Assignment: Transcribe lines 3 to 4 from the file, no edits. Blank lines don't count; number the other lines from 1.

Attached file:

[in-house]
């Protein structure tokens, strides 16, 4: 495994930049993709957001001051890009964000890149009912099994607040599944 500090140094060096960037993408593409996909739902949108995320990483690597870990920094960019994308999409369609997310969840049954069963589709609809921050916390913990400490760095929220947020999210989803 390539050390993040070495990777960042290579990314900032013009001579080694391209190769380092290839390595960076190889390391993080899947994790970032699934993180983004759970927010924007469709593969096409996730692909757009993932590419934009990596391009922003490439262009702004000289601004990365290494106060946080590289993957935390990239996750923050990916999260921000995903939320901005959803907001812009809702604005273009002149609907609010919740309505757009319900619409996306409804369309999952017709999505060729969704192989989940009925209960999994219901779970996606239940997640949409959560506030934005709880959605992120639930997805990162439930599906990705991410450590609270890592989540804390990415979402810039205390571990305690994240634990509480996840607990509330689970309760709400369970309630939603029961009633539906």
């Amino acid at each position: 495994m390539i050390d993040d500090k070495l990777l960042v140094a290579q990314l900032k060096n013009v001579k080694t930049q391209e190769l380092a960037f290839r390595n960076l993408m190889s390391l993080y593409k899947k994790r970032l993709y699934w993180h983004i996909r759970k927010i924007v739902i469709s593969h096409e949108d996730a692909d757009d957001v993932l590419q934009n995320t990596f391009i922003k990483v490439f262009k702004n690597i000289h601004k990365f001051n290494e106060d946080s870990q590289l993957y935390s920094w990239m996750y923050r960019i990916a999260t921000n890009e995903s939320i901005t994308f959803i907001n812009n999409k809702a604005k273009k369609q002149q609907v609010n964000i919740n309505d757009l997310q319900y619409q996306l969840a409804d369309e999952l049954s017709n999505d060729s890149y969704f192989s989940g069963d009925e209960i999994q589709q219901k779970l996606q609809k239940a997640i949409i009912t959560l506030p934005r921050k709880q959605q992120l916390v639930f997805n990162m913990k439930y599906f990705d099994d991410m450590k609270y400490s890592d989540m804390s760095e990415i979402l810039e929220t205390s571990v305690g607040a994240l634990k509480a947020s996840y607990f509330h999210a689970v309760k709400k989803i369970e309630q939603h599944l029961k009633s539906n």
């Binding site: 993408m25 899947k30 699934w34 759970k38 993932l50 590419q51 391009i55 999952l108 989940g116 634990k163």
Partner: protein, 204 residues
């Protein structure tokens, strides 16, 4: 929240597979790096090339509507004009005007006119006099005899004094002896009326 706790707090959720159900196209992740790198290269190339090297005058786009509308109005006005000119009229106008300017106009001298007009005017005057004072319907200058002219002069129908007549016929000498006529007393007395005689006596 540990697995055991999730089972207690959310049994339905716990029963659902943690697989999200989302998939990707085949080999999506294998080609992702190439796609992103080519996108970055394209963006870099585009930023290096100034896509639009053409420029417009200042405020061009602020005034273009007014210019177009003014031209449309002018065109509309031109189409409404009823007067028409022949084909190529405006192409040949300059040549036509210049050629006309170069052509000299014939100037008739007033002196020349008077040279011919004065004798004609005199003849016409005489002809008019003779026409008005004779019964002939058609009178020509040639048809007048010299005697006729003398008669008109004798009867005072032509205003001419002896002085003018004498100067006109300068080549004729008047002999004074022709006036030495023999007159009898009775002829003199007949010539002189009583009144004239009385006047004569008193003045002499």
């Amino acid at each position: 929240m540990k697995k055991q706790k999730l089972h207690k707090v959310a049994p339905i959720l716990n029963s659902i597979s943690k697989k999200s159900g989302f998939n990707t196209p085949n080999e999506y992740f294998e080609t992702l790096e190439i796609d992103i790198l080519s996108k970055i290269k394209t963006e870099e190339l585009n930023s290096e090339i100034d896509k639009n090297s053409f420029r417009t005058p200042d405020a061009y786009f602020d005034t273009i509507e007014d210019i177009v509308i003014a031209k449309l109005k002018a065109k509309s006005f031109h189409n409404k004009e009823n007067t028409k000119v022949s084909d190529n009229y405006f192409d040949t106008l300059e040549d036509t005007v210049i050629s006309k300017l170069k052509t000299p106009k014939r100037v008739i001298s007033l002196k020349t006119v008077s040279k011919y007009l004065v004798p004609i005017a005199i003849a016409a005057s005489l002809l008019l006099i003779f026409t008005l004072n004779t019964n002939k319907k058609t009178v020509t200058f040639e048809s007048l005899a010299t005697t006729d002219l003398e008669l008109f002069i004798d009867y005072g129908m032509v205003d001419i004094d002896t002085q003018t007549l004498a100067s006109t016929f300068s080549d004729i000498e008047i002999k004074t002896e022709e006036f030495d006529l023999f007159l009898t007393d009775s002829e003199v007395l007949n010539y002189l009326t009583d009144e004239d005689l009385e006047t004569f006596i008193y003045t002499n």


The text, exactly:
């Amino acid at each position: 495994m390539i050390d993040d500090k070495l990777l960042v140094a290579q990314l900032k060096n013009v001579k080694t930049q391209e190769l380092a960037f290839r390595n960076l993408m190889s390391l993080y593409k899947k994790r970032l993709y699934w993180h983004i996909r759970k927010i924007v739902i469709s593969h096409e949108d996730a692909d757009d957001v993932l590419q934009n995320t990596f391009i922003k990483v490439f262009k702004n690597i000289h601004k990365f001051n290494e106060d946080s870990q590289l993957y935390s920094w990239m996750y923050r960019i990916a999260t921000n890009e995903s939320i901005t994308f959803i907001n812009n999409k809702a604005k273009k369609q002149q609907v609010n964000i919740n309505d757009l997310q319900y619409q996306l969840a409804d369309e999952l049954s017709n999505d060729s890149y969704f192989s989940g069963d009925e209960i999994q589709q219901k779970l996606q609809k239940a997640i949409i009912t959560l506030p934005r921050k709880q959605q992120l916390v639930f997805n990162m913990k439930y599906f990705d099994d991410m450590k609270y400490s890592d989540m804390s760095e990415i979402l810039e929220t205390s571990v305690g607040a994240l634990k509480a947020s996840y607990f509330h999210a689970v309760k709400k989803i369970e309630q939603h599944l029961k009633s539906n």
């Binding site: 993408m25 899947k30 699934w34 759970k38 993932l50 590419q51 391009i55 999952l108 989940g116 634990k163």